Vols counting on Reeves-Maybin to continue his fast start
KNOXVILLE, Tenn. (AP) — Even after developing into one of the nation’s most prolific tacklers, Tennessee linebacker Jalen Reeves-Maybin isn’t satisfied.
He still sees plenty of room for improvement.
Rather than dwelling on each of the 21 tackles he made last week in a 31-24 overtime loss to Oklahoma, Reeves-Maybin picked apart his performance and looked for what he could have done differently.
“I feel like I still left a couple of plays out there that could have changed the outcome of the game,” Reeves-Maybin said. “Really I just focused on the plays I missed, to get those corrected.”
That approach has helped Reeves-Maybin evolve into a rising star.
His 21 tackles against Oklahoma represented the highest single-game total by a Football Bowl Subdivision player so far this season. Reeves-Maybin’s 30 tackles this season rank second among all FBS players, behind only Missouri’s Kentrell Brothers.
Reeves-Maybin also is tied for seventh nationally with five tackles for loss. The junior from Clarksville, Tennessee, has forced and recovered a fumble as well.
“He has really worked himself into what I feel is one of the best linebackers not only in the SEC, but in the country,” Tennessee coach Butch Jones said.
The Volunteers need Reeves-Maybin more than ever now.
Tennessee’s defense lost its emotional leader and one of its top players last week when defensive end/linebacker Curt Maggitt chipped a bone in his hip. Jones hasn’t pinpointed exactly how much time Maggitt would miss but has said “it could be eight weeks, it could be six weeks, it could be 10 weeks.”
The loss of Maggitt leaves Tennessee’s defense needing someone to fill that leadership void as it gets ready for SEC competition. Tennessee (1-1) hosts Football Championship Subdivision program Western Carolina (1-1) on Saturday before opening SEC play Sept. 26 at Florida.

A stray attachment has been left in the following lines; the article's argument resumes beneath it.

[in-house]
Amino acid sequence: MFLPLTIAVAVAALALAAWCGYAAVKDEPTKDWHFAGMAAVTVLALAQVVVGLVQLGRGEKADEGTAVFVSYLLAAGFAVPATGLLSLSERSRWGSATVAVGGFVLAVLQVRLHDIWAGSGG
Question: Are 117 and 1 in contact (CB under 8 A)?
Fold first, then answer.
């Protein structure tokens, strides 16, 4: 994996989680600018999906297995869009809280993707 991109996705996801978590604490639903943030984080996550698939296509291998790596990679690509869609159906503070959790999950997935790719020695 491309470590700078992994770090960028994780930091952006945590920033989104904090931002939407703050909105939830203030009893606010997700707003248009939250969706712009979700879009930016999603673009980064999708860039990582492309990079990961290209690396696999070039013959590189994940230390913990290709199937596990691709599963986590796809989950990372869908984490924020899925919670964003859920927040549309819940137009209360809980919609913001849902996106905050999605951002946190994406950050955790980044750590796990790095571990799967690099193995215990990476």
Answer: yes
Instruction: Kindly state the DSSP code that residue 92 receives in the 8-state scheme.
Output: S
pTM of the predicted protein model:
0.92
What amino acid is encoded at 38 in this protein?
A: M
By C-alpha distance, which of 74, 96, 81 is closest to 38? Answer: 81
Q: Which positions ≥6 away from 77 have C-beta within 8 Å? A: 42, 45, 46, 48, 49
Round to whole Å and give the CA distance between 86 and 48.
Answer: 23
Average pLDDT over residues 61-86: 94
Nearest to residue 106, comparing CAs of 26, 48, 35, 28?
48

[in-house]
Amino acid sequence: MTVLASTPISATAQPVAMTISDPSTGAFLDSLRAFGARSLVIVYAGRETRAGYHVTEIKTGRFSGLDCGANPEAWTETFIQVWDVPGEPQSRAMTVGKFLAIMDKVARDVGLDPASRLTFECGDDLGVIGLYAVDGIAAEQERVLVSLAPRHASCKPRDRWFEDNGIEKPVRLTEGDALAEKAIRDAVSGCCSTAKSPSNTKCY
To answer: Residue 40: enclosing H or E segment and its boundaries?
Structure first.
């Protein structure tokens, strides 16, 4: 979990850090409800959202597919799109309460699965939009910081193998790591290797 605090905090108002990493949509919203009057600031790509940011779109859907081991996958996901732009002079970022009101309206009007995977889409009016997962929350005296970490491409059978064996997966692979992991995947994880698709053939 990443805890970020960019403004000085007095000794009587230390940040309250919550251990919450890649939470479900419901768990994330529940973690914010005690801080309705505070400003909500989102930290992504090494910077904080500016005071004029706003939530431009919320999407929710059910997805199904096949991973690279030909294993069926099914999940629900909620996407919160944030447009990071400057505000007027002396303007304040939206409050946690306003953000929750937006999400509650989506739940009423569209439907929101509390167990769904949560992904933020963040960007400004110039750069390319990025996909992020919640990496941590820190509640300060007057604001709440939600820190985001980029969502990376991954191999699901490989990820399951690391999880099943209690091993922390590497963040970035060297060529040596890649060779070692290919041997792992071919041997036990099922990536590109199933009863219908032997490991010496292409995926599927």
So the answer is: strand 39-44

“Jalen’s going to have to step up, just as a lot of other guys will have to,” defensive coordinator John Jancek said. “Nobody expects anything less from us. We still have a job to do, and it’s going to be leadership by committee.”
Reeves-Maybin is ready to do his part.
“Everyone has to step up and be more vocal with him out,” Reeves-Maybin said.
Reeves-Maybin’s emergence shouldn’t come as much of a surprise.
He collected 101 tackles last season to tie for the team lead with A.J. Johnson. When Johnson was suspended for the final three games of the 2014 season, Reeves-Maybin picked up the slack and posted 13 tackles in a TaxSlayer Bowl victory over Iowa.
Reeves-Maybin spent the summer improving his footwork. He has studied tapes of such standout NFL linebackers as Luke Kuechly, Bobby Wagner, Navorro Bowman and Lavonte David.
He entered this season eager to take the next step in his development. Although Reeves-Maybin says he didn’t set any specific goals, he did talk to his former teammate about one possible aim.
“I talk to A.J. a lot, and I was joking with him about getting more tackles than him,” Reeves-Maybin said.
That’s a tall order.
Even though he missed those final three games last year due to a rape investigation that eventually resulted in an indictment, Johnson posted 425 career tackles. That represents Tennessee’s second-highest tackle total since the school started measuring the statistic in 1970. Johnson, who is scheduled to go on trial in June, posted his highest single-season tackle total in 2012 with 138.
But more performances like his most recent one just might put Reeves-Maybin within reach.
“He means everything to our football team and to our defense,” Jones said. “I can’t say enough (about) his development. He’s one of the guys I greatly admire and respect just because of his attitude, his character and everything that he brings to Tennessee football.”